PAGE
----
Here’s an example of great newspaper design!

The beauty of design is it is truly everywhere you look!  I am currently studying newspaper design  and learning a great deal through Tim Harrower‘s The Newspaper Designer’s Handbook. Though I do not plan on being a newspaper designer myself, I’ve learned enough that I feel comfortable telling you why the feature page (page one) below is great!


The Hartford Courant , known as being the largest daily newspaper in the US, is one of few American newspapers that truly raises the design bar and sets the standard that newspaper critics everywhere praise. This particular award winning design features the 2004 presidential election.

There are four basic elements to consider in newspaper design, a photo, cutline, headline and  text – how one sculpts those elements to create one, favorable, effective piece is the true craft.

Going in order, we will first talk about the photo on this page. The purpose of a photo, according to Harrower, is to give the newspaper “motion and emotion.” This photo most definitely exudes both. It’s scale grasps the readers attention and draws them to pick up the paper. It is one that makes you think, what’s going on, what are they reacting to, why are they swarming televisions on the streets and why does it matter? These questions are answered by the headline.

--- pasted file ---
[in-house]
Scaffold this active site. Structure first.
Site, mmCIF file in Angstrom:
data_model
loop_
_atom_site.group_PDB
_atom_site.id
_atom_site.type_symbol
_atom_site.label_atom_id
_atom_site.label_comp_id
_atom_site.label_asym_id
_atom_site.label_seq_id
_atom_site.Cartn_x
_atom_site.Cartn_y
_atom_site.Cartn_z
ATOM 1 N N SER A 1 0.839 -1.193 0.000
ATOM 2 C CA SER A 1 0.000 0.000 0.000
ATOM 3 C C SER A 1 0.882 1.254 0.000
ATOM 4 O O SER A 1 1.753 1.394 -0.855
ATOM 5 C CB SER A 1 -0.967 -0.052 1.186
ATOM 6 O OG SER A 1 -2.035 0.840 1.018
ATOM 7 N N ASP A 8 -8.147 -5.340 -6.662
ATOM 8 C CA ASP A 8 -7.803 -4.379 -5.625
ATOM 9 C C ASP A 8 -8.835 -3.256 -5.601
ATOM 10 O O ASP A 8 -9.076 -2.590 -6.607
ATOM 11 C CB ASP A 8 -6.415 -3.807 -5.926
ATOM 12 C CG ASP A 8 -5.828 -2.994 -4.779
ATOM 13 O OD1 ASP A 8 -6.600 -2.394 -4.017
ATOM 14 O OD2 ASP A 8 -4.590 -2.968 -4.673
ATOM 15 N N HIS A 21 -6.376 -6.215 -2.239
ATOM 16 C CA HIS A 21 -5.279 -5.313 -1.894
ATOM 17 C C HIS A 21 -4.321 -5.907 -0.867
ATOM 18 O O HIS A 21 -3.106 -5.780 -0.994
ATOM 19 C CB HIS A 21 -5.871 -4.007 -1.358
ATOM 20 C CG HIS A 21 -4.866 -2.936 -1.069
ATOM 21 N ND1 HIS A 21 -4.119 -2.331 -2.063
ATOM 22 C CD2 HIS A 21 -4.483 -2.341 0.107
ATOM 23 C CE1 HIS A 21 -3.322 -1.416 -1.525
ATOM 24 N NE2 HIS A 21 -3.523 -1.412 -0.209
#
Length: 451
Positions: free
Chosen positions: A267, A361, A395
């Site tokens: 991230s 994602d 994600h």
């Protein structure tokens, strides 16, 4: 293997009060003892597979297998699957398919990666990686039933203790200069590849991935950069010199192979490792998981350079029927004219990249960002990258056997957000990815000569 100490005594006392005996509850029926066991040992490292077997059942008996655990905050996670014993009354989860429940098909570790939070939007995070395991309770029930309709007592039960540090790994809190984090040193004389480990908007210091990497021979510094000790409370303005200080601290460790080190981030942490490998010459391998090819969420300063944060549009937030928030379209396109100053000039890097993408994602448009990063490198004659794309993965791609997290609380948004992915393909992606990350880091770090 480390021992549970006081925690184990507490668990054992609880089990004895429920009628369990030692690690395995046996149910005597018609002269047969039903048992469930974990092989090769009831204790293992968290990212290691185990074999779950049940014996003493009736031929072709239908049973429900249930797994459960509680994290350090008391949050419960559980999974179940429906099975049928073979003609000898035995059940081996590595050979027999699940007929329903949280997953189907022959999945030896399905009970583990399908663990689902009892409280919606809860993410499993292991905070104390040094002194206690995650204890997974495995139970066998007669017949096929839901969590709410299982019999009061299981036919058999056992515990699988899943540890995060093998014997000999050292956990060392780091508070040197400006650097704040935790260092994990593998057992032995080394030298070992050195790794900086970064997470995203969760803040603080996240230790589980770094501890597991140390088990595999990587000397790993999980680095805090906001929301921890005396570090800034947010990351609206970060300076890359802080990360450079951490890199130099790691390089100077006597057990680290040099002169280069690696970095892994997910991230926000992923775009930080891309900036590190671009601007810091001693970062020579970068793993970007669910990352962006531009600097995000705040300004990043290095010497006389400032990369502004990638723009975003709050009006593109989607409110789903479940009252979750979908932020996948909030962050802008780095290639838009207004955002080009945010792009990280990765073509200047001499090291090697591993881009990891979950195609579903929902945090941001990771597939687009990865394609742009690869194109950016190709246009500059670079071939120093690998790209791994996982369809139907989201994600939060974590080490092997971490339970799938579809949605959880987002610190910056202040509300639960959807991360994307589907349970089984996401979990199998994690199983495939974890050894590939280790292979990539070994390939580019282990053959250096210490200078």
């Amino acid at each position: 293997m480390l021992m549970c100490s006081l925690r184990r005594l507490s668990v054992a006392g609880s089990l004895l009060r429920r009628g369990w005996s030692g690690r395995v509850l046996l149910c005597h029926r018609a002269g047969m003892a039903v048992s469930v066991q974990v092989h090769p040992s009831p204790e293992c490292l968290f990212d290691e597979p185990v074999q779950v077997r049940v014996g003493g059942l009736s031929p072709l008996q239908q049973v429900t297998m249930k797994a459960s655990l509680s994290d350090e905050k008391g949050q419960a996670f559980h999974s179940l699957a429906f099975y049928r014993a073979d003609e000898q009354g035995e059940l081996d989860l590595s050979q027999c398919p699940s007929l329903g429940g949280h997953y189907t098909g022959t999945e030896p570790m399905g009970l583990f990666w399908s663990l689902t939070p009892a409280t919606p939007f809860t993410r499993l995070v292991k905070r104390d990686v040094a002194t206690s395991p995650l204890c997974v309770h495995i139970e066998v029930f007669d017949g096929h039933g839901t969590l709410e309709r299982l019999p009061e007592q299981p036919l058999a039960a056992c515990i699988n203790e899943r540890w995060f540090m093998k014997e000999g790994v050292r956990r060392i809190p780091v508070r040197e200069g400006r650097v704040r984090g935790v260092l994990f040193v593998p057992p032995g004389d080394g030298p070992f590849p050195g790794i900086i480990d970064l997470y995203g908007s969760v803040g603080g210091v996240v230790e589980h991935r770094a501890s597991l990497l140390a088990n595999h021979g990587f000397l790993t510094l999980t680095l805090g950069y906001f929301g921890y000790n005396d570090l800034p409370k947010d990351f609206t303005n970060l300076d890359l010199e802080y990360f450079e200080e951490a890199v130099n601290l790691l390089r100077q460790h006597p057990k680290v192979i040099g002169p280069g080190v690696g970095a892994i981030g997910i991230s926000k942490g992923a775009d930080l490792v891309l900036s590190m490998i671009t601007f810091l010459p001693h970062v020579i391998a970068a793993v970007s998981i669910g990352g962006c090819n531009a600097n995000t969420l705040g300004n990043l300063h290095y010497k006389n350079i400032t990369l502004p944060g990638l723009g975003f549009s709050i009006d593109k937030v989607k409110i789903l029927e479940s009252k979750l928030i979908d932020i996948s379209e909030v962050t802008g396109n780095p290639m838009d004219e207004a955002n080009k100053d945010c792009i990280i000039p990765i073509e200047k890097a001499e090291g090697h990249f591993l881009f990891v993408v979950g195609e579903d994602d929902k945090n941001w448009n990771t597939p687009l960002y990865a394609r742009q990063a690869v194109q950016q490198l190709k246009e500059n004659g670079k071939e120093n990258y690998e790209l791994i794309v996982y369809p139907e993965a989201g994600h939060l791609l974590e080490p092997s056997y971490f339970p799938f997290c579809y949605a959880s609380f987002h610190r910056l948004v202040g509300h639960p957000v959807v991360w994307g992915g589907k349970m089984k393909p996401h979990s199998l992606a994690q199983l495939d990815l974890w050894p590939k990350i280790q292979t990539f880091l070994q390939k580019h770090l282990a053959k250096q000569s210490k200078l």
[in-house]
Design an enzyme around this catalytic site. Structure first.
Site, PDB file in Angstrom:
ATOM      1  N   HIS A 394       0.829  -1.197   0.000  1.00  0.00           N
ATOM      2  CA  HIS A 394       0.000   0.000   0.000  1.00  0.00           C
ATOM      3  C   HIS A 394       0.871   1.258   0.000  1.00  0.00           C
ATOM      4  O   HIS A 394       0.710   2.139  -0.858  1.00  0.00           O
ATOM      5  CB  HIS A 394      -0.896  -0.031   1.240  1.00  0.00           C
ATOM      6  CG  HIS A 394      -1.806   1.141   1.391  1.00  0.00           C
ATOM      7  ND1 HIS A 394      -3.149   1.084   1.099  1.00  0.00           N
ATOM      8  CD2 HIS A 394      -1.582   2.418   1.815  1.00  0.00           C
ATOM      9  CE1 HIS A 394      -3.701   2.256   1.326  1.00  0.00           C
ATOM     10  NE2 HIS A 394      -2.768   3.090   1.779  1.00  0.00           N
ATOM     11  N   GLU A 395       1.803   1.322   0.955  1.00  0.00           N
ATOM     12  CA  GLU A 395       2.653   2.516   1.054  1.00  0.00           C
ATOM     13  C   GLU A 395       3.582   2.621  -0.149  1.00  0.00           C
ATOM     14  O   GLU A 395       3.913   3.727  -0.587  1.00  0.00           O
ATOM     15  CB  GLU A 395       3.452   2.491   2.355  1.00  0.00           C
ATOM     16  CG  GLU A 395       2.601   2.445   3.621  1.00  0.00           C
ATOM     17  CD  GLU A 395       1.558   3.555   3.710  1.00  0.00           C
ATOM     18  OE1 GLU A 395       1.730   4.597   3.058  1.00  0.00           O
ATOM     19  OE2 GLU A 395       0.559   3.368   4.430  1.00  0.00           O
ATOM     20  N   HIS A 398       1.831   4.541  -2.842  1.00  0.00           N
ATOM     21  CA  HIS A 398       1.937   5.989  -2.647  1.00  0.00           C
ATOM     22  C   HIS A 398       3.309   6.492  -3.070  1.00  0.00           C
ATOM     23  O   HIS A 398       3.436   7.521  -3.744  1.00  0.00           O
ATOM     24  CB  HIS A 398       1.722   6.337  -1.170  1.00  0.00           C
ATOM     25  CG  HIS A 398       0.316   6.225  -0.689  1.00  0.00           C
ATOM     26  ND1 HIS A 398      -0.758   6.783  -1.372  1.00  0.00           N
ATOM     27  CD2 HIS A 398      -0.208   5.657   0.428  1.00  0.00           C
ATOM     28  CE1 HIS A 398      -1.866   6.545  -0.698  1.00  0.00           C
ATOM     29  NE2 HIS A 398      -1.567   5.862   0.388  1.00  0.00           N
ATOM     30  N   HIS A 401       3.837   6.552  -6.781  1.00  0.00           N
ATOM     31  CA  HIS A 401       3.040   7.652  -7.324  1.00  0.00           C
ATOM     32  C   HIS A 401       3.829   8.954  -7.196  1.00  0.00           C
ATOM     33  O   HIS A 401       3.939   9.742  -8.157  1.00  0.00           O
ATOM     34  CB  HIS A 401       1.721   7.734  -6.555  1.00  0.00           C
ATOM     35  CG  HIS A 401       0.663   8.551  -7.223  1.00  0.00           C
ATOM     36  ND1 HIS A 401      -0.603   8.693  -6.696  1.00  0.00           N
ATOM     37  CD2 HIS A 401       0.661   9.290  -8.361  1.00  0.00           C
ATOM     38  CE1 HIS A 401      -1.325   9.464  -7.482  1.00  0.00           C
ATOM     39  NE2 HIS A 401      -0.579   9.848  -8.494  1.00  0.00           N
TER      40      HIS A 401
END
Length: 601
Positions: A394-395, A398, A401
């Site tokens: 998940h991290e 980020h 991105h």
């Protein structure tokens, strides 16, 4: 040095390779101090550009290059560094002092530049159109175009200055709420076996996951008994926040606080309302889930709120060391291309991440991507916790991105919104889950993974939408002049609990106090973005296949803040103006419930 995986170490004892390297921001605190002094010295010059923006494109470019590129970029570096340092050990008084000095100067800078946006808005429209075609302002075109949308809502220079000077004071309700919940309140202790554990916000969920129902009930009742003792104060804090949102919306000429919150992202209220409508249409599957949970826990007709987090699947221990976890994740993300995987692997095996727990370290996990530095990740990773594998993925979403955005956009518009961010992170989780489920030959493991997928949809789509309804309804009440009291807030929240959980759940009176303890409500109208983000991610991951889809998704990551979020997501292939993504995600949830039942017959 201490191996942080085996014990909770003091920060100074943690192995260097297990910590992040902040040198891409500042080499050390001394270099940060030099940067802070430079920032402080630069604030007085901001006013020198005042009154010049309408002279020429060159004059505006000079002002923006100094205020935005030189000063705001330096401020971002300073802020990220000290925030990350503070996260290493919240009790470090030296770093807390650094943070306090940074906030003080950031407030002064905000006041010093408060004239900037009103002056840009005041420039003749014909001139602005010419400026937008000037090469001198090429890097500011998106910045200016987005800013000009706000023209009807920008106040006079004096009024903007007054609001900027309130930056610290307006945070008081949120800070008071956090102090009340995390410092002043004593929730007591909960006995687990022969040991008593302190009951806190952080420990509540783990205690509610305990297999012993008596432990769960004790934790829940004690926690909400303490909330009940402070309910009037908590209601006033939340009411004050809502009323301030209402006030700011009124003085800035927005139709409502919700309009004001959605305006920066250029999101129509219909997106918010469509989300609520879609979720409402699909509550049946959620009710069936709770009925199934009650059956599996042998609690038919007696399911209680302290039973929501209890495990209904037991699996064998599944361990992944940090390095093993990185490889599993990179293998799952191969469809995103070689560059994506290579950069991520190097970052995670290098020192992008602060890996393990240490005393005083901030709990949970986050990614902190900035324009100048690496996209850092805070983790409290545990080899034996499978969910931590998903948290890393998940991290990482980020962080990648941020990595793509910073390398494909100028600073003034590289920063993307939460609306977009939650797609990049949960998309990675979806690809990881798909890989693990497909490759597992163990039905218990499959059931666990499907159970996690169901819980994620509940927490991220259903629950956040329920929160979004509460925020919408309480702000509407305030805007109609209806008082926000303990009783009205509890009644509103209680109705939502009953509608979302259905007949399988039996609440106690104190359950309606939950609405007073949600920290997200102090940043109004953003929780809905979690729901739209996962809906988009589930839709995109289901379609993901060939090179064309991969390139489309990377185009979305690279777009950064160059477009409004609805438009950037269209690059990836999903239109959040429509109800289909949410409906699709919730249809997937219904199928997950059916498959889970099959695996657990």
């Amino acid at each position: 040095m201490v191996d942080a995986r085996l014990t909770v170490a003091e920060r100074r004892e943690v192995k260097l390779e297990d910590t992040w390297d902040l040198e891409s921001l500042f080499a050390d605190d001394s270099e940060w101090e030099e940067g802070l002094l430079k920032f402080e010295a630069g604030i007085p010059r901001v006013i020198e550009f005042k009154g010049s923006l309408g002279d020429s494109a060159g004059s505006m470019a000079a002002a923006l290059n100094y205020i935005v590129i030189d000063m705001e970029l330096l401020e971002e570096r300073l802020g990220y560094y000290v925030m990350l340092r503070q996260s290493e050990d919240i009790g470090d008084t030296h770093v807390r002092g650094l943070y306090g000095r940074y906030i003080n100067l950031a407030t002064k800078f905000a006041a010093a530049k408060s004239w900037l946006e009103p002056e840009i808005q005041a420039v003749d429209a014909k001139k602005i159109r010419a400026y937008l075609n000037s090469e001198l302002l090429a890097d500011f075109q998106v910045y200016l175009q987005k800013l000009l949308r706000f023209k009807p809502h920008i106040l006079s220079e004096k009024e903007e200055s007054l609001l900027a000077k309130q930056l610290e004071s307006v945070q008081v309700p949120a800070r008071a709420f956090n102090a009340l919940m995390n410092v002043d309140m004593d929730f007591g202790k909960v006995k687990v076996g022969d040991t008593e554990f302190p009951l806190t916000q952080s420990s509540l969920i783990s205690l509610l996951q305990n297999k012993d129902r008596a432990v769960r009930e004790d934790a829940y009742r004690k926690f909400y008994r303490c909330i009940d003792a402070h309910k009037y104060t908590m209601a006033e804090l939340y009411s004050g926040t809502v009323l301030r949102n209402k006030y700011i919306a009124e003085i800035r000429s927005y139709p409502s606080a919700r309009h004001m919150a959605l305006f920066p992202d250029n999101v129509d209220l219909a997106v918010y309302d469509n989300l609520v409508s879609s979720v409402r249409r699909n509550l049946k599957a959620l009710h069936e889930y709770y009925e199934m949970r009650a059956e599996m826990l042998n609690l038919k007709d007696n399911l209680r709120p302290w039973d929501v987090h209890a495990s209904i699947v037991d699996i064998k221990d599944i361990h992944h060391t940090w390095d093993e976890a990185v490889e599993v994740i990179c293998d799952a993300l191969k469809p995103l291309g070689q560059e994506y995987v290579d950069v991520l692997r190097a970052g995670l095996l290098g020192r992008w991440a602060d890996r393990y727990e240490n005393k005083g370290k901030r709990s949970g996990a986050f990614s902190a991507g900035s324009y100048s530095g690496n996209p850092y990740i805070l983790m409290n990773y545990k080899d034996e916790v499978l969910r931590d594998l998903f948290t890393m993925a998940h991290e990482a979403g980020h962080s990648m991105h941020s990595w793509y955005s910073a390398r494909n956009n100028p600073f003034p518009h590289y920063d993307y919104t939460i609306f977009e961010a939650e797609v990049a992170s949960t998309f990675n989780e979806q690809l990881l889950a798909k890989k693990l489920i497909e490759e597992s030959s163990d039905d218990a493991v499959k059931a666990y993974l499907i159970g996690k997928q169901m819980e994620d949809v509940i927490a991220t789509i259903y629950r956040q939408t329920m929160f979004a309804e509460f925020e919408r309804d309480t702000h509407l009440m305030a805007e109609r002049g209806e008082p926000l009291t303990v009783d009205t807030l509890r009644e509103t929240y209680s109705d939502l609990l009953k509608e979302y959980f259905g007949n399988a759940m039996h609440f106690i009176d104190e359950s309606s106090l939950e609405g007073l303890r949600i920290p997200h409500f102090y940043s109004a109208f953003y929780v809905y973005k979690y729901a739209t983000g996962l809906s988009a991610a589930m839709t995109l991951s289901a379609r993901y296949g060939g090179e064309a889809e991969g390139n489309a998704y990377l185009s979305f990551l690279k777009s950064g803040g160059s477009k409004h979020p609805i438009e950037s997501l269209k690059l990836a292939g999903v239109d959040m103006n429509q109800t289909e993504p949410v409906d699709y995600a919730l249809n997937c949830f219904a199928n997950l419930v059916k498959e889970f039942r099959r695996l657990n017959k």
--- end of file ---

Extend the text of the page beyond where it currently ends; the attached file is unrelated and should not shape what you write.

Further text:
The headline on this page is one of it’s most interesting design concepts. Headlines are meant to seal the deal. Traditionally, the photo says “HELLO” while the headline says “READ ME” and they compliment each other in that same manner, photo first, headline second. Here, the headline is just as grabbing as the photo. It’s unusually large font size screams at you and guides your eyes down the page fluidly. While the white space surrounding it allows the words to breath and stand alone.  Just below the photo, is the deck – the piece that tells you what’s really going on, here the deck is the size of the typical headline, this is well done because it the deck is not dismissed even though it is not directly attached to the headline.

The text on this page is one of it’s most elegant  features. The centered, justified body mimics the horizontal layout on the top half of the page, while the four “teasers” located just below it add a vertical flare, creating a needed contrasting element. The varying font width used across the page also creates contrast and texture to the page.

About Emilie Osterkamp

Hi! I'm Emilie Osterkamp. I am a senior at the University of Oregon in the School of Journalism and Communications. My major is Advertising with an emphasis in Design.
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